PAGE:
The band seem to love the informality and familiarity of the evening. Jez loses his jacket, revealing a pristine short-sleeved shirt (remember the line from 24 Hour Party People? “all the energy of Joy Division but better clothes”). They play a Talking Heads cover – ‘Houses in Motion’, and also the Banbarra’s cover that really defined them – ‘Shack Up’ – alongside new tracks like ‘Dirty Boy’. The encore is formed of ‘Knife Slits Water’ and then the Latino fiesta party anthem ‘Si Fermir O Grido’ from Force. The whistles are indeed back out in force…

With the closing beats, we’re back up to the roof for some fresh Mancunian air. Meanwhile ACR have to get themselves ready to do it all over again tomorrow… new guests, and more friends (some particularly older, significant friends) still coming out of the cracks of the city. A fresh album is shaping up for Mute, because this ratio is not all about looking back, but forwards as well…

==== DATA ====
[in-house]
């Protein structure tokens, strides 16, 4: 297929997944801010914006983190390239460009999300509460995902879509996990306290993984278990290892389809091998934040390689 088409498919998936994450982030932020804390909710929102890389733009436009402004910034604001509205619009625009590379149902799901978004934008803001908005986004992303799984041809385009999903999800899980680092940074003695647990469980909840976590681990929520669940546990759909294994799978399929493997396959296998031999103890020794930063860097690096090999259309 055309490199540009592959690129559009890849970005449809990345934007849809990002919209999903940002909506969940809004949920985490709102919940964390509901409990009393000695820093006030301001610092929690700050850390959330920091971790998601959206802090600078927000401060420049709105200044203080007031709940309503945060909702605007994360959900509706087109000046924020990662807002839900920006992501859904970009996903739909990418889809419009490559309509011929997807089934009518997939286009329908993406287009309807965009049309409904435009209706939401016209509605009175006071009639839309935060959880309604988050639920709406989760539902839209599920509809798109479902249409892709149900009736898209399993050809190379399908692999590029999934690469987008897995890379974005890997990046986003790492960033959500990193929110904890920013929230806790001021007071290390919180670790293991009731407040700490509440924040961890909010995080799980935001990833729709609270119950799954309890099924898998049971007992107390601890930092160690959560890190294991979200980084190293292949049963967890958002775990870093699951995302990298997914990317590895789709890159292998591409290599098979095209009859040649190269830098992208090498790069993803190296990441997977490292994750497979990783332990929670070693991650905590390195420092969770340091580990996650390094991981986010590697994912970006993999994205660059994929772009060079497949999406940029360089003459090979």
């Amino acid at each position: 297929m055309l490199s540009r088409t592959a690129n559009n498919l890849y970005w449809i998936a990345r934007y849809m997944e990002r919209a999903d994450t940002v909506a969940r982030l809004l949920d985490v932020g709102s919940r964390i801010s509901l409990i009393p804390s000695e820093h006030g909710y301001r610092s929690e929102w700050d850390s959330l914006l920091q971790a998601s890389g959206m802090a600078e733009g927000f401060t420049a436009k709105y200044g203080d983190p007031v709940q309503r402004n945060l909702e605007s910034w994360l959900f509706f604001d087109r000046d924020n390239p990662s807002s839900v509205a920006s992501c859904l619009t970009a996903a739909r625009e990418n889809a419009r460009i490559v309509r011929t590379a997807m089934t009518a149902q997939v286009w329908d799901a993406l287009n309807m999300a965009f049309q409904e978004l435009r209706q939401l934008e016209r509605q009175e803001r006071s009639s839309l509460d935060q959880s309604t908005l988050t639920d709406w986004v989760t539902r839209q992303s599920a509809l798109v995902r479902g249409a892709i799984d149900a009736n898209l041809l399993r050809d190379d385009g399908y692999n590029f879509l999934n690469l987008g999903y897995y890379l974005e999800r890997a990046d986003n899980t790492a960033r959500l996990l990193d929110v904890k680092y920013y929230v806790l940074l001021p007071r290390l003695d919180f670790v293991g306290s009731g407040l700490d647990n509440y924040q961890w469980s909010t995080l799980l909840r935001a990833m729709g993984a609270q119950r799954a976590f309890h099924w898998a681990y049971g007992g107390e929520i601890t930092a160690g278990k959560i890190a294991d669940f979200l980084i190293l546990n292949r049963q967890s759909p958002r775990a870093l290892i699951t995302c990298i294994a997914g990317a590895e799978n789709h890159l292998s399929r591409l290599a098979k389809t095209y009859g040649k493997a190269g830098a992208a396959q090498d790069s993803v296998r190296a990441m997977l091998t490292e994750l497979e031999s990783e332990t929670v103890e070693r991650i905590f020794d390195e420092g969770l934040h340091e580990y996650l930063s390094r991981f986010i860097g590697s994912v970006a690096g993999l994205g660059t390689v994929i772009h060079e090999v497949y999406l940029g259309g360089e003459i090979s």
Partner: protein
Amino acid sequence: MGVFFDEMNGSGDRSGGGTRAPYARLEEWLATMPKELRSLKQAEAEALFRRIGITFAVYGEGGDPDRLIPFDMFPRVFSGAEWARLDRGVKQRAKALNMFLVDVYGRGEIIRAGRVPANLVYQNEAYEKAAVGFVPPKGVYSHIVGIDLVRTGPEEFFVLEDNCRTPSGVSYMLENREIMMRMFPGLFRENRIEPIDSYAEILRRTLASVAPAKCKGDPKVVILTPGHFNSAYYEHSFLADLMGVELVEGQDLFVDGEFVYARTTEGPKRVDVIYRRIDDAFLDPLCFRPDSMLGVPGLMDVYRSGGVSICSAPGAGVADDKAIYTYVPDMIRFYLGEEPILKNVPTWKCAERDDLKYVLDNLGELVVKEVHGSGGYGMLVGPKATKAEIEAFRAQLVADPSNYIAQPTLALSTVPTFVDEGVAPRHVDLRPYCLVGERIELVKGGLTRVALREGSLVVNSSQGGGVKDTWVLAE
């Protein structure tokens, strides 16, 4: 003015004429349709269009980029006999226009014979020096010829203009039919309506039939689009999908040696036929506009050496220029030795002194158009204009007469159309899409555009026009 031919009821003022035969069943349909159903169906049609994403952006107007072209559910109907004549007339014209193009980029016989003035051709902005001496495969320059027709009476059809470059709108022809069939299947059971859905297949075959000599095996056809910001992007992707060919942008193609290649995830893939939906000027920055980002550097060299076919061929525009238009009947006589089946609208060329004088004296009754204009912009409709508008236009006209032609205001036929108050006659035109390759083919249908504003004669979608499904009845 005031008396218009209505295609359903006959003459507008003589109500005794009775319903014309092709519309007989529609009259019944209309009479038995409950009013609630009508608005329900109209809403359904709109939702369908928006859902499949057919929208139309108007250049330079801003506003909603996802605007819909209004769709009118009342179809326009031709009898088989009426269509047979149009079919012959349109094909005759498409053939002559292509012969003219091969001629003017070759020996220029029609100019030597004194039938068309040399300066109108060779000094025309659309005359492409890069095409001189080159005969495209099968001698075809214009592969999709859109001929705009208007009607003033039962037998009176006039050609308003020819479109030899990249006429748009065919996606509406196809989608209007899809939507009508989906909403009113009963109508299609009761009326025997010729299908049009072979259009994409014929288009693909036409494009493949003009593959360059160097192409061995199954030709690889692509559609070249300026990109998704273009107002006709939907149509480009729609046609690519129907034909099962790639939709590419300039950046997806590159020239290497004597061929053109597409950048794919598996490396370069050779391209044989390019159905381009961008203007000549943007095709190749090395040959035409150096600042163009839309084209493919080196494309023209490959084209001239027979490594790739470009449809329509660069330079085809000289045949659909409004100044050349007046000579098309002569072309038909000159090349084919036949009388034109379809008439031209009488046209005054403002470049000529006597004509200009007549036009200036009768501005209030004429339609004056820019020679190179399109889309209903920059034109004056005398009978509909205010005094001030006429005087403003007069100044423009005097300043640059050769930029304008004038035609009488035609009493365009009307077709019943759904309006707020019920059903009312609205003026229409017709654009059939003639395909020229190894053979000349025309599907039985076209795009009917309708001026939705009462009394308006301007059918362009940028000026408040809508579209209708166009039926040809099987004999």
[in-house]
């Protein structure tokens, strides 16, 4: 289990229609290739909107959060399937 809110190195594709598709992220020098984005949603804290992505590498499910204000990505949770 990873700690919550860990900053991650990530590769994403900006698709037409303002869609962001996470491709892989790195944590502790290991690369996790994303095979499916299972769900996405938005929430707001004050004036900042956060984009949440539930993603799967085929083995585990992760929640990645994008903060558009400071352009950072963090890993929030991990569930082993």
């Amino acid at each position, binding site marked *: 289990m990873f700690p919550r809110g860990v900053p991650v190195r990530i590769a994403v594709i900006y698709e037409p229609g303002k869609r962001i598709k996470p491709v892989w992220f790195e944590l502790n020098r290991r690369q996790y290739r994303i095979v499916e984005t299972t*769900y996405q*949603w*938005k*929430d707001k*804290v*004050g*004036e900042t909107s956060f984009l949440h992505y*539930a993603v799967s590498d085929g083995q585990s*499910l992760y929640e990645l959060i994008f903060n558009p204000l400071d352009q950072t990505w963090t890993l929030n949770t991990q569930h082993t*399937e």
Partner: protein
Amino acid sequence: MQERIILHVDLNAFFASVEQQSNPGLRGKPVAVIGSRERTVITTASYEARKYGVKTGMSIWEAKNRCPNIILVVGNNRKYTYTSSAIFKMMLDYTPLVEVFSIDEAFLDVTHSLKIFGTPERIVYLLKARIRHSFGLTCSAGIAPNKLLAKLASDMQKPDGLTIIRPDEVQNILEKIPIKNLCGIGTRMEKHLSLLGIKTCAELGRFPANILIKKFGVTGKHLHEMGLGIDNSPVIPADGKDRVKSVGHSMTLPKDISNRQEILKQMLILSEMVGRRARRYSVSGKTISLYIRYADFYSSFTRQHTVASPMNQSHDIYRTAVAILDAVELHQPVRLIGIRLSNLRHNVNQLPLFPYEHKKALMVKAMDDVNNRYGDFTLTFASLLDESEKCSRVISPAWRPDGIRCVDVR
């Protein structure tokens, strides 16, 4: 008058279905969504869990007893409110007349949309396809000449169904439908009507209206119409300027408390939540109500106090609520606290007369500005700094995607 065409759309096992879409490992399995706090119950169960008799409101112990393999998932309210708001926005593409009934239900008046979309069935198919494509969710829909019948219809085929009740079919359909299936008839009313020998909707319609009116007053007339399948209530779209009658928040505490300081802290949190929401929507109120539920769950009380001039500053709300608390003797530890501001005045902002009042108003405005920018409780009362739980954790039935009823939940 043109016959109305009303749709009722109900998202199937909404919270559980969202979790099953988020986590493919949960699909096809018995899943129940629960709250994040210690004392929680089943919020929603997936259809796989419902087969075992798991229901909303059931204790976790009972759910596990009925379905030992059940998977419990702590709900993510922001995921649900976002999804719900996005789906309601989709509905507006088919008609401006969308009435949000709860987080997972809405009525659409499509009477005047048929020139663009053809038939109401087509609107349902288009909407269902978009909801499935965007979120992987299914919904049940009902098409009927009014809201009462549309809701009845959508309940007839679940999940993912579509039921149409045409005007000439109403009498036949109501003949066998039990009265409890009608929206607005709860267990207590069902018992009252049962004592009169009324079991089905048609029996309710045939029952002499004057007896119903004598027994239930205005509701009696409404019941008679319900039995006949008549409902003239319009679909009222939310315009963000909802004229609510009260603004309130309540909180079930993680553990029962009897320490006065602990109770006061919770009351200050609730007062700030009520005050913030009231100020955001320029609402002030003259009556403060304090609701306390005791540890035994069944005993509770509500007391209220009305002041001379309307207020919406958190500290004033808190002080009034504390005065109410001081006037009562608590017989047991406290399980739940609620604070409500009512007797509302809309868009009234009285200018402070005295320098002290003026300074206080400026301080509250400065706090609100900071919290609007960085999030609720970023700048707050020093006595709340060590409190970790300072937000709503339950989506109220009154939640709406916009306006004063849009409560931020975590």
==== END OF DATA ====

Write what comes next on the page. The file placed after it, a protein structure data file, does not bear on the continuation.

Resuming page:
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Simon is a writer, broadcaster and countercultural investigator. Over the last 15 years he has written for everyone from The Guardian to Loaded magazine, presented television for Rapture TV and hosted radio programs for the likes of Galaxy. He has also found time to earn a Masters Degree in Novel Writing and write three books (a collection of journalism, a guidebook to Ibiza and one on financial planning for young people – the most varied publishing career it’s possible to have) and establish and run a PR company, Pad Communications, looking after a range of leisure and lifestyle clients.He currently splits his time between researching his PhD at Leeds University, looking into various countercultural movements; consulting freelance for PR clients; writing for the likes of Marie Claire in Australia, The Big Issue and the Manchester Evening News, where he reviews concerts, theatre and is their Pub & Bar Editor. He is also broadcaster, appearing regularly on Tony Livesey’s late night 5Live show for the BBC, and also for BBC Radio Manchester Gourmet Night food and drink show.Simon’s main focus has been music and travel. His career has included editing Ministry of Sound’s magazine in Ibiza for two summers and also writing two long-running columns for DJmagazine – ”Around The World in 80 Clubs” (which took him everywhere from Beijing to Brazil, Moscow to Marrakech) and “Dispatches From The Wrong Side”. A collection of the latter was published in the UK and US as the book Discombobulated, including tales as varied as gatecrashing Kylie Minogue’s birthday party, getting deported from Russia, having a gun held to his head by celebrity gangster Dave Courtney and going raving in Ibiza with Judith Chalmers. He has recently written for the likes of Red magazine, Hotline, Clash, Tilllate, Shortlist and the Manchester Evening News. Pad Communications has recently consulted for clients as varied as Manchester nightclubs and New Zealand toy companies.On a personal note, Simon is a Londoner who left the capital at the age of 18 and never looked back. He sees himself as a citizen of the global dancefloor having lived in Sydney, Los Angeles, Ibiza and Amsterdam. However his life is now rather more sedentary. After all his adventures he bumped into and subsequently married his highschool sweetheart from their North London Grammar. They now live in Stockport with their four children and four chickens, trying to live the good life. Simon recently turned 40 and is steadfastly refusing to have a midlife crisis – as in, growing a ponytail and buying a shiny red sports car.OK, maybe he’ll buy the sports car…